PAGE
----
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Accidental torn frenum

The following is a summary of the systematic review findings up to the date of our most recent literature search. If you have a specific clinical case, we strongly recommend you read all of the relevant references as cited and look for additional material published outside our search dates.

 

Comparative studies of torn frenum

  • One comparative study of 105 children aged less than 3 years examined within 24 of hours of intubation did not demonstrate any non-abusive torn frenum 1

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References

  1. Lopez MR, Abd-Allah S, Deming DD, Piantini R, Young-Snodgrass A, Perkin R, Barcega B, Sheridan-Matney C. Oral, jaw, and neck injury in infants and children: From abusive trauma or intubation? Pediatric Emergency Care. 2014;30(5):305-310 [Pubmed]

Non-comparative accidental torn frenum studies

  • One retrospective case series evaluated children attending the emergency department with facial injury and noted to have a frenal tear 1
  • 21 children with a median age of 19 months were identified (exclusion of abuse rank B-3)
  • Commonest mechanism of injury described was a fall

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References

  1. Kidd AJ, Beattie TF, Campbell-Hewson G. Frenal injury in children is not pathognomic of non-accidental injury. Emergency Medicine Journal. 2010;27(1):52. [Pubmed]

  • Four single case studies were conducted, representing four children 1-4
  • Two cases occurred as a consequence of intubation; one child aged six months, the other 0-10 years 2,3
  • 3.5 year old child fatally injured by an air bag; injuries included torn labial frenum, multiple fractures and intracranial haemorrhages 1
  • 2.5 year old fell from his bike with intrusion of central upper incisor and torn upper labial frenum; lip injury completely healed within 1 week 4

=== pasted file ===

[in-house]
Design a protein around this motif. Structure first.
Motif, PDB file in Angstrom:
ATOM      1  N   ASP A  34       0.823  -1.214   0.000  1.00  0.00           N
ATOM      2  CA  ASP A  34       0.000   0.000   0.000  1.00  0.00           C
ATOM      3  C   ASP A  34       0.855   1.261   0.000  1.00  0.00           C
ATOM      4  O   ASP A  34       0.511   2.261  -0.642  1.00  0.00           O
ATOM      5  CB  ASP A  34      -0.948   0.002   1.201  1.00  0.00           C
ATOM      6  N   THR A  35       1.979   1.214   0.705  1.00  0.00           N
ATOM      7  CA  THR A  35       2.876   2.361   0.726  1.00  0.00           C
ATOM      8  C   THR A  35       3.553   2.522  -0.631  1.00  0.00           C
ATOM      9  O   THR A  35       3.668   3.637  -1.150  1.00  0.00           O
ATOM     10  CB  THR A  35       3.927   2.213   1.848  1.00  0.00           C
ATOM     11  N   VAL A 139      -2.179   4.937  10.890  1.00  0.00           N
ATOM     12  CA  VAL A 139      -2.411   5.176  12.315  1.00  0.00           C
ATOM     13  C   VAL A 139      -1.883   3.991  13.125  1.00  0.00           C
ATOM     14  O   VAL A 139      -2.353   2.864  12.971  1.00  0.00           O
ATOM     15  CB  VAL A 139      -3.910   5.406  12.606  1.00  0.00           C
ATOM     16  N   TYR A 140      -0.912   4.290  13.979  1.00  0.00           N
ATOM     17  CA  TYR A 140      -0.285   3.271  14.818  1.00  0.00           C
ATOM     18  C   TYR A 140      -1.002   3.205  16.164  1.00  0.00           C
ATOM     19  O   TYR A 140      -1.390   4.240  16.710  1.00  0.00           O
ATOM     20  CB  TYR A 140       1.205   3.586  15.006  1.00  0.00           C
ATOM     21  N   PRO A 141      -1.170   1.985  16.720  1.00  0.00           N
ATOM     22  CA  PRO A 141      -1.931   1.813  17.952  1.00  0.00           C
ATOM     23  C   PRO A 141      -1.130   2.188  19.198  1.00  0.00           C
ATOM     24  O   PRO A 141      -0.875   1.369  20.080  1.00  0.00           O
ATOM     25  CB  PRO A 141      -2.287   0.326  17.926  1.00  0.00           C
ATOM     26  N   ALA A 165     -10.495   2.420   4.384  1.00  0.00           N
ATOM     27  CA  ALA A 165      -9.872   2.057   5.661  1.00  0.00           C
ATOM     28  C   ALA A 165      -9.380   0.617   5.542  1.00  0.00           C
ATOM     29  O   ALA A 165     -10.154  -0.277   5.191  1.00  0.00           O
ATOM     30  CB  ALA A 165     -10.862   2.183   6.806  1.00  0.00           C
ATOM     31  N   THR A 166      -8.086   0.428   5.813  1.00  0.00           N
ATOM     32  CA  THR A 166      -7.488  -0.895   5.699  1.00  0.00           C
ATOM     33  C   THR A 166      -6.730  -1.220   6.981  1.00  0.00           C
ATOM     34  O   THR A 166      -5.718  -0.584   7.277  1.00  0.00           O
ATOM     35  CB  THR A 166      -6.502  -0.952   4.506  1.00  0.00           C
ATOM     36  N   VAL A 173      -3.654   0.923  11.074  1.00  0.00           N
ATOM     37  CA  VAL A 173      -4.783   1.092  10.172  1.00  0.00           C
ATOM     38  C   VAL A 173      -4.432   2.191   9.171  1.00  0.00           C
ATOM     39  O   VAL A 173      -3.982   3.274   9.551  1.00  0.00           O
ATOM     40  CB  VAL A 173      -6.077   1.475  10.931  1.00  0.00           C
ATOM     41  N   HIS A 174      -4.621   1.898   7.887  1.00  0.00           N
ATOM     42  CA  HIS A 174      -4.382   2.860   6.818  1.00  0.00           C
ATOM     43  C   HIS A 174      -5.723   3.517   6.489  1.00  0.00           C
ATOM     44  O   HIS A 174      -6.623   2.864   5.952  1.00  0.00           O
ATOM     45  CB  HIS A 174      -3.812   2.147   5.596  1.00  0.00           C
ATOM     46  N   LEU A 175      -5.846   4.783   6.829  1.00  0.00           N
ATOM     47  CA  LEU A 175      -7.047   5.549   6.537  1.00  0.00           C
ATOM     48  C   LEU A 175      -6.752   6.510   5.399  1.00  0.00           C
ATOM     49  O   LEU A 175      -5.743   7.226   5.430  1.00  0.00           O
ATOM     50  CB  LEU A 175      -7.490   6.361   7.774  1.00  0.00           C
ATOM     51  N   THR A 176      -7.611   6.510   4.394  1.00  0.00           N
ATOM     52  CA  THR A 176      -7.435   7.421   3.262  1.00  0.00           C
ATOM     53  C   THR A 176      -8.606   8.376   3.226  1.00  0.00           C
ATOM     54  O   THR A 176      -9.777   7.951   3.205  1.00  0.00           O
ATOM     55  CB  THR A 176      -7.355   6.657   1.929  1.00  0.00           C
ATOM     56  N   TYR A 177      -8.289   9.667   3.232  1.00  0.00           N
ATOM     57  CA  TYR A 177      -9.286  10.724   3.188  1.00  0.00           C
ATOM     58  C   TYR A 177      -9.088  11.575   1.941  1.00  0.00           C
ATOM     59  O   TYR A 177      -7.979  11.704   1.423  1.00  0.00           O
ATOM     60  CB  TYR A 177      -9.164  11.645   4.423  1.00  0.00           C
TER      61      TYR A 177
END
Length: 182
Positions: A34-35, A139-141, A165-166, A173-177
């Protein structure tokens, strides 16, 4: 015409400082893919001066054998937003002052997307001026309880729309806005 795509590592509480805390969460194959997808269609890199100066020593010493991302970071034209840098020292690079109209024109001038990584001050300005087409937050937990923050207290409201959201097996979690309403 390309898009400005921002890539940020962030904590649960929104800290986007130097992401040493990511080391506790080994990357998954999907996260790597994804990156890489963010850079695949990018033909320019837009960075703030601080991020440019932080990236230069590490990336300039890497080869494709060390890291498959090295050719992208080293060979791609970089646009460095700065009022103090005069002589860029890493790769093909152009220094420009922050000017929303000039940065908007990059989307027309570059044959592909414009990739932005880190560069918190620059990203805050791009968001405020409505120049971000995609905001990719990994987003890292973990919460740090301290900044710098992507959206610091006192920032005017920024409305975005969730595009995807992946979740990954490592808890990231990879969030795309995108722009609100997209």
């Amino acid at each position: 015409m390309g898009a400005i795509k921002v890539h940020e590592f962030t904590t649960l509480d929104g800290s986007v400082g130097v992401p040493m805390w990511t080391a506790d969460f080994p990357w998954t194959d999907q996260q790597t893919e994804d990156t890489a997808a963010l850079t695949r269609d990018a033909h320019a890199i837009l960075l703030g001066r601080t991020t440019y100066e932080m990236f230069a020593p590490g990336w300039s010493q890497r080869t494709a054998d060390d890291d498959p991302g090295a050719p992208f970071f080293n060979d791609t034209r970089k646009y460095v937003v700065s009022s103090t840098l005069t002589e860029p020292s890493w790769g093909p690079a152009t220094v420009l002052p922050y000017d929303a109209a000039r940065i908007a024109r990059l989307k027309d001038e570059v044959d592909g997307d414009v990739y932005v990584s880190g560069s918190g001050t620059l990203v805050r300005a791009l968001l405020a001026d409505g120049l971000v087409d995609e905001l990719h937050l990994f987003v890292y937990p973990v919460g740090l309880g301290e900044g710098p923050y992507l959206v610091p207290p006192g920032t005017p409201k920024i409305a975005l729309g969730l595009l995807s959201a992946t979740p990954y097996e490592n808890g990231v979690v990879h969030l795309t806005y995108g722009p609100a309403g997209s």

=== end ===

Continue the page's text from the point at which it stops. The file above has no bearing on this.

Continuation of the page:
• A study of 324 children aged 0-10 years undergoing resuscitation and dying of natural causes found a single case of torn labial frenum occurred as a consequence of CPR (noted as absent at onset of CPR, confirmed at autopsy) 3

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References

  1. Morrison AL, Chute D, Radentz S, Golle M, Troncoso JC, Smialek JE. Air bag-associated injury to a child in the front passenger seat. American Journal of Forensic Medicine and Pathology. 1998;9(3):218-222 [Pubmed]
  2. Patel F. Artefact in forensic medicine: Childhood iatrogenic oral injury. Police Surgeon. 1992;41;8-9
  3. Price EA, Rush LR, Perper JA, Bell MD. Cardiopulmonary resuscitation-related injuries and homicidal blunt abdominal trauma in children. The American Journal of Forensic Medicine and Pathology. 2000;21(4):307-310 [Pubmed]
  4. Torriani DD, Bonow ML, Fleischmann MD, Muller LT. Traumatic intrusion of primary tooth: follow up until eruption of permanent successor tooth. Dental Traumatology. 2008;24(2):235-238 [Pubmed]

 

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